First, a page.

Recently I was asked whether there is a way to tell a full sibling from a half sibling. Sometimes the total centimorgans are low for one but high for the other. You expect to share about 2550 cM with a full sibling and 1700 with a half sibling; so which is it if you share 2100 cM?
The answer is that full siblings will share many fully identical regions (FIRs), over about 25% of their chromosomes. Half siblings will have no FIRs of any significant size. The exception being some small ones if their parents are from the same population group but still far far fewer than a full sibling.
Here is a comparison of my first eight chromosomes with my brother made at GEDmatch. The green bars are where we are fully indentical.
GEDmatch comparison of me and my brother (full siblings)
You can click on the image to see the entire display at GEDmatch that this was made from.
National DNA day on April 25 celebrates the day that Crick, Watson, et al published their papers on the structure of DNA. There is an article in Wikipedia about it at https://en.wikipedia.org/wiki/DNA_Day
Both Ancestry.com and Family Tree DNA have been celebrating this date with sales of autosomal DNA test kits that end today. So buy a few!
23andme did not have a sale, but has sent a $50 off coupon out to people who have already tested there as a mother’s day sale or gift and that is good through next Sunday.
See my DNA testing page for a comparison of the sites. Remember that if you test at ancestry you can transfer those results to Family Tree DNA (click here for my post on that with the details)
Discovering where your ancestors came from is one of the more popular reasons to do a DNA test but the current ancestry composition algorithms have a long way to go. Sometimes East Asian ancestry is actually American Indian and South Asian might be gypsy or Indian Indian. Scandinavian might be British or North German and British and Irish might be Scandinavian.
Most efforts to analyze the deeper roots of your ancestry are based on samples of modern populations who self report four grandparents of a single ethnicity plus some public databases and a few ancient samples. Since each company relies greatly on their own databases of tested people, it is not surprising to see differences in their predictions.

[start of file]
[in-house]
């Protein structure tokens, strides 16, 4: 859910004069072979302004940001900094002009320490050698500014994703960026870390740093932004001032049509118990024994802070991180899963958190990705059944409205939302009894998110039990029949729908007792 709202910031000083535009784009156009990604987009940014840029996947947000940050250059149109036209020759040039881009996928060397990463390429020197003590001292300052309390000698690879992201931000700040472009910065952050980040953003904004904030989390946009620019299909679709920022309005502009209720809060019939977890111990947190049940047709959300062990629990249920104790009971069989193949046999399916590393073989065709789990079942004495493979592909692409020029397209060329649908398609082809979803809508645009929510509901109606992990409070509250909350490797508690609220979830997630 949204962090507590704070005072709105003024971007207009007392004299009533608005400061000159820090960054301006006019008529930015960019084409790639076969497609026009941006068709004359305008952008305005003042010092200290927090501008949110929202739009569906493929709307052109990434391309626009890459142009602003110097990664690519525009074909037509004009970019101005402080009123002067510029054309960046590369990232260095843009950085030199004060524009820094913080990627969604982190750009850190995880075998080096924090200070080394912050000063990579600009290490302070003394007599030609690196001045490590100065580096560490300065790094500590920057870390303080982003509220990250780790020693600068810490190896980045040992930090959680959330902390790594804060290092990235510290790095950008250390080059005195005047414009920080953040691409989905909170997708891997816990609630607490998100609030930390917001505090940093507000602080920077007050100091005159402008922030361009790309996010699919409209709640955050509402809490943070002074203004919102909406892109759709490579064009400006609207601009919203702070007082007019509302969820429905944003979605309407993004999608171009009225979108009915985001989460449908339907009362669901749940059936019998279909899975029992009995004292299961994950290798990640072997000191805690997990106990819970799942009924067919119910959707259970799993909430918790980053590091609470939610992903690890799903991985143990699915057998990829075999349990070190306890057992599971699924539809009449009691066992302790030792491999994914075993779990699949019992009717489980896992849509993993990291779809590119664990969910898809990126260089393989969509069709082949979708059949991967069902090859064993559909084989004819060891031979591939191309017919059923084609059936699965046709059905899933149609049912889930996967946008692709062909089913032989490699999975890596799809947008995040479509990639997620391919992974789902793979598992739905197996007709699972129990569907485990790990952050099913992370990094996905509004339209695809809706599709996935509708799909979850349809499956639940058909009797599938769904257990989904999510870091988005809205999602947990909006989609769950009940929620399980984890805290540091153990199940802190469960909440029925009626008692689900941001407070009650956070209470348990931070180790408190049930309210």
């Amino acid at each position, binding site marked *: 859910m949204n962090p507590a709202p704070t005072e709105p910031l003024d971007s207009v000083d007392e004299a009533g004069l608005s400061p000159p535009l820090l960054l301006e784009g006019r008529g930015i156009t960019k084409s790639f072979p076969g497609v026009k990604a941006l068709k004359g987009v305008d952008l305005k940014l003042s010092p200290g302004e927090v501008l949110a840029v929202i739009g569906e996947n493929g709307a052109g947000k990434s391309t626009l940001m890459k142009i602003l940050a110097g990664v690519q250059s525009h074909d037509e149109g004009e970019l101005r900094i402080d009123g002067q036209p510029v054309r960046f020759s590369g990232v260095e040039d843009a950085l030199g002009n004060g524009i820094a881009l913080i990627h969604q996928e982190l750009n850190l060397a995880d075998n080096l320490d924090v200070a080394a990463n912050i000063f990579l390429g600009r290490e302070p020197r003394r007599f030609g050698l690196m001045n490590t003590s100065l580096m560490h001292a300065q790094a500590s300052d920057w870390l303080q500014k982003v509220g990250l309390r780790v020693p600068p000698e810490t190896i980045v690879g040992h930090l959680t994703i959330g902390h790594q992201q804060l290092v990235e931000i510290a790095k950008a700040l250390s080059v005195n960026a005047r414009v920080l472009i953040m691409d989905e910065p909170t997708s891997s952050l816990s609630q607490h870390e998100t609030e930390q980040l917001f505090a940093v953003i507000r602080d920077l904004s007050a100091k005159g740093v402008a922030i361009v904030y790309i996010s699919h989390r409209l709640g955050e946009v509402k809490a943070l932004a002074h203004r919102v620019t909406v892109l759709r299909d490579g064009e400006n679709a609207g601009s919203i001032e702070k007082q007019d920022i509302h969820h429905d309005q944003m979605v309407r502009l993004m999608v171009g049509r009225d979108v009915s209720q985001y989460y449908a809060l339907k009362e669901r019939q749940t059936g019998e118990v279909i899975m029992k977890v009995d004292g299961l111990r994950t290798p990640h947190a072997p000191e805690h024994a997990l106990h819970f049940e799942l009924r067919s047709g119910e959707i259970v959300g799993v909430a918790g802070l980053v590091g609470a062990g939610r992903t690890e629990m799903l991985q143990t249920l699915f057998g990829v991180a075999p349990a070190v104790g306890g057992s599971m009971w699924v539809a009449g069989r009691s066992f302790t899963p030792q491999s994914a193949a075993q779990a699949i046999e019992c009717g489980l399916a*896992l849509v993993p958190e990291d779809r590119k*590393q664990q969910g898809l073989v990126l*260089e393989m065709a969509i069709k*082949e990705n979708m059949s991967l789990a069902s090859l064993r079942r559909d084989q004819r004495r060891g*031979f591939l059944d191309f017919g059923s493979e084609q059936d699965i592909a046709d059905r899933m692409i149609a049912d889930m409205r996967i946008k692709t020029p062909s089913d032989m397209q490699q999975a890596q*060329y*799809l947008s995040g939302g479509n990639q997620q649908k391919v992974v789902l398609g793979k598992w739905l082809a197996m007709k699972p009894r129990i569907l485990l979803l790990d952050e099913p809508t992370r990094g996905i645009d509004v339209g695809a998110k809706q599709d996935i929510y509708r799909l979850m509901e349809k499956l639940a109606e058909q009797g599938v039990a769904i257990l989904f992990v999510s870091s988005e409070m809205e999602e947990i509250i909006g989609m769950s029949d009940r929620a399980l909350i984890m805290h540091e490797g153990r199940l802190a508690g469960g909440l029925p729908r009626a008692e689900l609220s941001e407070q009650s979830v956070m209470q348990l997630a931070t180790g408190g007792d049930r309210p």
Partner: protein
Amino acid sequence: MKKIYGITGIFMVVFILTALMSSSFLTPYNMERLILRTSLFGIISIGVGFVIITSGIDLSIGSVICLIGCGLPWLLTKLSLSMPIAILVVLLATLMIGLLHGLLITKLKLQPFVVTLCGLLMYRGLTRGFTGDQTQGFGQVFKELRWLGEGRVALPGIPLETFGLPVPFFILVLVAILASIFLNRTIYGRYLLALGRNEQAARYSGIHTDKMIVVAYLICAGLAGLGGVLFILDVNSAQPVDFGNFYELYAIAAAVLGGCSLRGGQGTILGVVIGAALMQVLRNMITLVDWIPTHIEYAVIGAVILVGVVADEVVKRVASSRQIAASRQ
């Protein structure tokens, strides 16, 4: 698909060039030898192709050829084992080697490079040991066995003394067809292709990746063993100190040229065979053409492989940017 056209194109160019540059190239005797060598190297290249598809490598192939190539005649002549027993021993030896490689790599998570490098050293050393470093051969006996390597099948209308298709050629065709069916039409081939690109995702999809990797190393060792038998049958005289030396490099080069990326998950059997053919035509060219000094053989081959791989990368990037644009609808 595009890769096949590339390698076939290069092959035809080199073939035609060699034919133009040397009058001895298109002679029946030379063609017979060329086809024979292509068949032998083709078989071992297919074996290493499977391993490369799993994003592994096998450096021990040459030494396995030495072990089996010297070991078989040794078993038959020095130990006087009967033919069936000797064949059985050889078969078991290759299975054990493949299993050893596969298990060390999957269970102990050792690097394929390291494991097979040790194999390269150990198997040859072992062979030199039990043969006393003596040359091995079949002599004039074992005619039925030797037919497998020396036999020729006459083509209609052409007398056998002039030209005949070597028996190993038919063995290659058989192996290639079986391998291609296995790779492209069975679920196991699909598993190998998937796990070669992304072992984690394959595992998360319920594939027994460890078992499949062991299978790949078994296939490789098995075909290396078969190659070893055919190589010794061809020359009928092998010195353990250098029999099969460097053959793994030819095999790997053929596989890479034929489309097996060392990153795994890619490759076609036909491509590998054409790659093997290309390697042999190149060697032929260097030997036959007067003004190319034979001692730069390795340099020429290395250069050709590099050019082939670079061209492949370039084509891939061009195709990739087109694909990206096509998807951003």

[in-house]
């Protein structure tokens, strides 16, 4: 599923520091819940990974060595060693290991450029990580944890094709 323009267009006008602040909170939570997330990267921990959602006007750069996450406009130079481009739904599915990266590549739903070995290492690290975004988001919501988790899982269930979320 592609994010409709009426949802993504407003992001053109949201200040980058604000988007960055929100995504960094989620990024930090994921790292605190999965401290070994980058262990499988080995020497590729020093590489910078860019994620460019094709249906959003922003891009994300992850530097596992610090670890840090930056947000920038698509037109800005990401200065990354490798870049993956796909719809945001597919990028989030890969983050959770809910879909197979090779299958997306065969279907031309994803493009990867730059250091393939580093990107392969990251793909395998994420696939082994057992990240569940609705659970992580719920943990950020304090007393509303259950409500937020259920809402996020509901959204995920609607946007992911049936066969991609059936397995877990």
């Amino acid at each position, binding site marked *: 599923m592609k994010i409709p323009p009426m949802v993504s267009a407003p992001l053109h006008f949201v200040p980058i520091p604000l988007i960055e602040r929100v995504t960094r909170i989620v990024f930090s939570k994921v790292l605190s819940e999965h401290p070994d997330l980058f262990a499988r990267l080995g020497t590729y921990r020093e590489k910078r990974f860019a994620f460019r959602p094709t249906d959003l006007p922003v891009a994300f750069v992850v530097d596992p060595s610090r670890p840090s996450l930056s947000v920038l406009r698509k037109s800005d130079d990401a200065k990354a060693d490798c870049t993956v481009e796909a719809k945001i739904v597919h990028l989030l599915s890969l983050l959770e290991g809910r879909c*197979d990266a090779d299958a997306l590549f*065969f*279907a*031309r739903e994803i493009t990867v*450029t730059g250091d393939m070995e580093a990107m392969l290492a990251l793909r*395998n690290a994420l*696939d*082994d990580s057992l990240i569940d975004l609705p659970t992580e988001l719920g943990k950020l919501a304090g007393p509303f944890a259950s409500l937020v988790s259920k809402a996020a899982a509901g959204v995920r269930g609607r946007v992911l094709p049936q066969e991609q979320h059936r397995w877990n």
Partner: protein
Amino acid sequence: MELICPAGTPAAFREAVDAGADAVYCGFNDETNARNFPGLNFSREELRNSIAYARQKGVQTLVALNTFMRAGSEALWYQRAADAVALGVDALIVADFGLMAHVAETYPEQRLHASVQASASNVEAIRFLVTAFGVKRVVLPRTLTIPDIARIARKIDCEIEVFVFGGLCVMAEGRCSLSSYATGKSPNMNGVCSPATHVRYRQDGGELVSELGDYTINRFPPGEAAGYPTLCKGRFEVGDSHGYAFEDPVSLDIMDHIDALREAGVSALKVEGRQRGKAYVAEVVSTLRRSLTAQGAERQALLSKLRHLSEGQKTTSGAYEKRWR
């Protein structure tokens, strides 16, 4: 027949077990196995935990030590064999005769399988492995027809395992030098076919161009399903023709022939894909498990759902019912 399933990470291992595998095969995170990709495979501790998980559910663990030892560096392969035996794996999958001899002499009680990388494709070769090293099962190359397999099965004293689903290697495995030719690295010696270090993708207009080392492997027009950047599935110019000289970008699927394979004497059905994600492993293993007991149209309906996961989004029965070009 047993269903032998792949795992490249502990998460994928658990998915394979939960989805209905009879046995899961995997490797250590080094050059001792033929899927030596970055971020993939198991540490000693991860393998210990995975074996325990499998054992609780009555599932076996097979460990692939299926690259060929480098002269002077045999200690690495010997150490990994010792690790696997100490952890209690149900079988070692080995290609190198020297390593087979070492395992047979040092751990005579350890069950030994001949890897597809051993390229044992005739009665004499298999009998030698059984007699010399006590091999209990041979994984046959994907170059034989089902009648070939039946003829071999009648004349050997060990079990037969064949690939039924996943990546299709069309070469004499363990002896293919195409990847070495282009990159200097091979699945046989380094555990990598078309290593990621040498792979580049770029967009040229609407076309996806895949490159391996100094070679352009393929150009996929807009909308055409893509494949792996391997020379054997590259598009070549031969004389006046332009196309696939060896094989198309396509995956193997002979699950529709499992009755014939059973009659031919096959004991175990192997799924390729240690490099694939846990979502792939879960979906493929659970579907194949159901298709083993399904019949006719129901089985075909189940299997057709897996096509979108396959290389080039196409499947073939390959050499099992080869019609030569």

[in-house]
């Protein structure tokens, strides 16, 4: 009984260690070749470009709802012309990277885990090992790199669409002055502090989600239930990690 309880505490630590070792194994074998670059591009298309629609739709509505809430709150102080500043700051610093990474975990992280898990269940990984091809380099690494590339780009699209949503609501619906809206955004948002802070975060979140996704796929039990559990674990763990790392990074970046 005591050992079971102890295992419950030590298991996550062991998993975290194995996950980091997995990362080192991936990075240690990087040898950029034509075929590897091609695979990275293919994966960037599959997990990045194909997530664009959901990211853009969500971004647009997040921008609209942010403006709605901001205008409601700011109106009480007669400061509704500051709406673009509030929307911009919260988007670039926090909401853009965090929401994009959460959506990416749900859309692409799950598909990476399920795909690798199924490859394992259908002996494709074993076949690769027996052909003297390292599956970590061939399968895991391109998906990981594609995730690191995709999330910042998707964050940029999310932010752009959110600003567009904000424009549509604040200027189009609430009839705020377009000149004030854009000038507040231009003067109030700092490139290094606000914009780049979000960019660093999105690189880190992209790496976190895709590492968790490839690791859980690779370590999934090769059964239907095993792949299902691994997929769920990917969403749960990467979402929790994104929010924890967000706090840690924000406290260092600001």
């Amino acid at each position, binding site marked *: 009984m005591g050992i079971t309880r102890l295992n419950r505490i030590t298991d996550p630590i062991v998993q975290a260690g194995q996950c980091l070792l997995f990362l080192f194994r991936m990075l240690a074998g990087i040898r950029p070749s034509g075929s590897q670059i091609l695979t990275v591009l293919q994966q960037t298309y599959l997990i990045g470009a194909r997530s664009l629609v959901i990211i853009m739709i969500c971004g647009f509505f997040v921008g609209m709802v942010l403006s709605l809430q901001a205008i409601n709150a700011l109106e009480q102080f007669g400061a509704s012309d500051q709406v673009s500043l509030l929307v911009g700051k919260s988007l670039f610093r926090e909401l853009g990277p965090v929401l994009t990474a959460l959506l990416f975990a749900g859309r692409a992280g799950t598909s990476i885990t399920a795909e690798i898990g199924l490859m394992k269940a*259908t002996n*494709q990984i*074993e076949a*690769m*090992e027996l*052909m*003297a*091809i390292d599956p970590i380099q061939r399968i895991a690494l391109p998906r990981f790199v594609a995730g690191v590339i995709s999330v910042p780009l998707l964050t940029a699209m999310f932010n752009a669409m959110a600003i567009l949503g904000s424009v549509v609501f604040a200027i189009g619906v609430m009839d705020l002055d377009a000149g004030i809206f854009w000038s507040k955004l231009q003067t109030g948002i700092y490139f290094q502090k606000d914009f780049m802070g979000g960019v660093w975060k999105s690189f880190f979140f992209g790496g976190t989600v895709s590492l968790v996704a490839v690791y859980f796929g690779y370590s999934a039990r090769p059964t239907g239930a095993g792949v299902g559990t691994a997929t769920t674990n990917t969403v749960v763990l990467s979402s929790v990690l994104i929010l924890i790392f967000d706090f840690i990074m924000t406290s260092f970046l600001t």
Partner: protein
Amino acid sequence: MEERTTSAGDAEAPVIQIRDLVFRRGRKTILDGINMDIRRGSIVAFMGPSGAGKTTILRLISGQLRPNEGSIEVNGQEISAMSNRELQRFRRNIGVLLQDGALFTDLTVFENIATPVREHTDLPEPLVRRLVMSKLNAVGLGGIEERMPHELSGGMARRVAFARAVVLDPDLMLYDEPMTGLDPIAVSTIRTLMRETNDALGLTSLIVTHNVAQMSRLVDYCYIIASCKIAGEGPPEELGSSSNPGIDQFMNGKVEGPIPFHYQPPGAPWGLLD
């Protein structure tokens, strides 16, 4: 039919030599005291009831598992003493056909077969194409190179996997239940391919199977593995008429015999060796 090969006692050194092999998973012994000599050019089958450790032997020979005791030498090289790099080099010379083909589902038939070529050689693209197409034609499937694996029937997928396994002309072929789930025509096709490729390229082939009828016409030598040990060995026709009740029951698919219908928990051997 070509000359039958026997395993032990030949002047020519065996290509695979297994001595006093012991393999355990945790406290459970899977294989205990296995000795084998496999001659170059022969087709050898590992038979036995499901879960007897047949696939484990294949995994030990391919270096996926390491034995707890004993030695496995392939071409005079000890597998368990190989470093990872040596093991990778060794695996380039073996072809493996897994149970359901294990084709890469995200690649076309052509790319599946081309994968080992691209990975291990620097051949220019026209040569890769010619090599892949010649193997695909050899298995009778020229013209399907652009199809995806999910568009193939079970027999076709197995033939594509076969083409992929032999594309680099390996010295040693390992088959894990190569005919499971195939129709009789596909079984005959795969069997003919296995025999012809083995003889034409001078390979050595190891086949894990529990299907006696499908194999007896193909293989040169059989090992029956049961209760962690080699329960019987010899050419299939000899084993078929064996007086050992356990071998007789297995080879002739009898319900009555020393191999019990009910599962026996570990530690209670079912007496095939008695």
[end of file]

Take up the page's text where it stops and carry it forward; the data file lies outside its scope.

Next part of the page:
My brother’s Ancestry as shown at DNA.land
Since my brother is tested at all three companies I thought I would post the images of what each company sees in his DNA as well show the new report from DNA.land and a few from GEDmatch (both using his uploaded Ancestry.com DNA data). We are confident of our recent ancestry: 50% Southern Norwegian, 25% Bavarian German and 25% Ashkenazi.
The new DNA.land report is shown above, Hmmm, only 16% Ashkenazi.
A week ago on Easter Sunday my 96 year old Dad died. He was ready, but I was not. He had a wonderful life and everyone in his assisted living facility adored him. I was told he was a real gentleman, he was sweet, he sang so beautifully … When mother died seven years ago, we did not expect Dad to last long after her. They were married for 62 years and were still very much in love.
But that Norwegian optimism kept him going. Some days he thought I was my mother, some days he thought I was his mother, but after about a year he was back to his charming self and usually knew I was his daughter. This is one of my favorite pictures of them taken when I was a toddler.
Larry Munson, baby Kitty Munson, Gretchen Munson 1951
Here is his obituary:
We are taking him home to East Hampton for his final rest, service on April 22 at 11:30 St Luke’s church.
A while back I did a blog post explaining how to navigate the new 23andme (click here to read that). A number of my complaints in that post are now fixed. Most importantly, the ability to search for people to compare on the DNA Relatives > DNA page is there plus a table view which gives the numbers.
I cannot agree with the genetic genealogists who are abandoning 23andme due to the problems with its change over to their new web site, as well as the perceived lack of response to genetic genealogists. 23andme never made a secret of the fact that they are in this to research the genetics of various medical conditions. That is fine with me, as my extended family has many medical issues to look into, most, thankfully quite minor. They did make some nice tools for genealogists to attract more users into their database, but we have never been their primary concern.
While I do recommend Ancestry.com DNA testing for most new testers, many of my cousins want the medical information and so are willing to pay the extra for 23andme. It also has the best ancestry composition of the big three.
Personally though, my main reason for being patient and staying with 23andme is that I have found so many Norwegian and Norwegian-American cousins there (over 30) while only one or two at the other companies. Maybe we Scandinavians just have more genetic health issues. I also like the ability to compare cousins to each other and look at the ancestry composition by chromosome (although that is currently gone on the new site).
While 23andme is changing over to their new system, those of us with kits still on the old system have struggled to contact and share with our new matches. Initially we could not send shares to new matches so had to message them and ask them to send us a share. Thankfully that is fixed.